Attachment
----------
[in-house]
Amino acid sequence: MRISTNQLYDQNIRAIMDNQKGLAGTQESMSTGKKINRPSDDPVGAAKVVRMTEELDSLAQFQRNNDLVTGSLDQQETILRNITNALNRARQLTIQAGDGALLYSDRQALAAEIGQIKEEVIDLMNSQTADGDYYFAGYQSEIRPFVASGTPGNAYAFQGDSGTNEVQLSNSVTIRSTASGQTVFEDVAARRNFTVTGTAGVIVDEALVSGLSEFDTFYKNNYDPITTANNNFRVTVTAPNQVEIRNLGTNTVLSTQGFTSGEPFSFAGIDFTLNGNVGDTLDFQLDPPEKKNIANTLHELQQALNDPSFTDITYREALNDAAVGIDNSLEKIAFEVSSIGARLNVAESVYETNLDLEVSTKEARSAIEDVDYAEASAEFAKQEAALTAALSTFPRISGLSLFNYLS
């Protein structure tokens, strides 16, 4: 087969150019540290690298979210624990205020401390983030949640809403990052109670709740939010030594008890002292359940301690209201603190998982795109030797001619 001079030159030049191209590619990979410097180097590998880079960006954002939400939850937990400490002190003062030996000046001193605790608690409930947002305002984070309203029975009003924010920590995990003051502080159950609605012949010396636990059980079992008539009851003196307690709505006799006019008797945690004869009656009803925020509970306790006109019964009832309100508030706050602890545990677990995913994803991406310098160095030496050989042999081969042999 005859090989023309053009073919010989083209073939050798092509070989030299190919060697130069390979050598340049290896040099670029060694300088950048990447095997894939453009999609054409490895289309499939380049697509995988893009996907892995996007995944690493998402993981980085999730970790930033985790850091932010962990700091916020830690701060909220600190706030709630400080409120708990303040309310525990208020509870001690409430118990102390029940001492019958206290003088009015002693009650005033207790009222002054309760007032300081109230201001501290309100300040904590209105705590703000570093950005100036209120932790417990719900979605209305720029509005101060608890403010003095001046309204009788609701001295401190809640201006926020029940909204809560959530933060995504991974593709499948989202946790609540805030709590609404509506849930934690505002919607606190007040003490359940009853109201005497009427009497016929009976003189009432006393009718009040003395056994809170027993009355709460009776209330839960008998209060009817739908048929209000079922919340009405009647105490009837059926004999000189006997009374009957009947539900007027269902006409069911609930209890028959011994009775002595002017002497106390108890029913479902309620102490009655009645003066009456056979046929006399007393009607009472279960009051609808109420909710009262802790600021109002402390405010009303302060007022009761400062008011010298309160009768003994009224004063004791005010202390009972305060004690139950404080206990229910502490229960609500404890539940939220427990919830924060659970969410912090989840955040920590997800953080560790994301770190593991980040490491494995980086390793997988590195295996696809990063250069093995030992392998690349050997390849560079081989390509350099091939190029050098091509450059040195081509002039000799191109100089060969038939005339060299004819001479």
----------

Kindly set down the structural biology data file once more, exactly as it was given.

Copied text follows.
[in-house]
Amino acid sequence: MRISTNQLYDQNIRAIMDNQKGLAGTQESMSTGKKINRPSDDPVGAAKVVRMTEELDSLAQFQRNNDLVTGSLDQQETILRNITNALNRARQLTIQAGDGALLYSDRQALAAEIGQIKEEVIDLMNSQTADGDYYFAGYQSEIRPFVASGTPGNAYAFQGDSGTNEVQLSNSVTIRSTASGQTVFEDVAARRNFTVTGTAGVIVDEALVSGLSEFDTFYKNNYDPITTANNNFRVTVTAPNQVEIRNLGTNTVLSTQGFTSGEPFSFAGIDFTLNGNVGDTLDFQLDPPEKKNIANTLHELQQALNDPSFTDITYREALNDAAVGIDNSLEKIAFEVSSIGARLNVAESVYETNLDLEVSTKEARSAIEDVDYAEASAEFAKQEAALTAALSTFPRISGLSLFNYLS
């Protein structure tokens, strides 16, 4: 087969150019540290690298979210624990205020401390983030949640809403990052109670709740939010030594008890002292359940301690209201603190998982795109030797001619 001079030159030049191209590619990979410097180097590998880079960006954002939400939850937990400490002190003062030996000046001193605790608690409930947002305002984070309203029975009003924010920590995990003051502080159950609605012949010396636990059980079992008539009851003196307690709505006799006019008797945690004869009656009803925020509970306790006109019964009832309100508030706050602890545990677990995913994803991406310098160095030496050989042999081969042999 005859090989023309053009073919010989083209073939050798092509070989030299190919060697130069390979050598340049290896040099670029060694300088950048990447095997894939453009999609054409490895289309499939380049697509995988893009996907892995996007995944690493998402993981980085999730970790930033985790850091932010962990700091916020830690701060909220600190706030709630400080409120708990303040309310525990208020509870001690409430118990102390029940001492019958206290003088009015002693009650005033207790009222002054309760007032300081109230201001501290309100300040904590209105705590703000570093950005100036209120932790417990719900979605209305720029509005101060608890403010003095001046309204009788609701001295401190809640201006926020029940909204809560959530933060995504991974593709499948989202946790609540805030709590609404509506849930934690505002919607606190007040003490359940009853109201005497009427009497016929009976003189009432006393009718009040003395056994809170027993009355709460009776209330839960008998209060009817739908048929209000079922919340009405009647105490009837059926004999000189006997009374009957009947539900007027269902006409069911609930209890028959011994009775002595002017002497106390108890029913479902309620102490009655009645003066009456056979046929006399007393009607009472279960009051609808109420909710009262802790600021109002402390405010009303302060007022009761400062008011010298309160009768003994009224004063004791005010202390009972305060004690139950404080206990229910502490229960609500404890539940939220427990919830924060659970969410912090989840955040920590997800953080560790994301770190593991980040490491494995980086390793997988590195295996696809990063250069093995030992392998690349050997390849560079081989390509350099091939190029050098091509450059040195081509002039000799191109100089060969038939005339060299004819001479």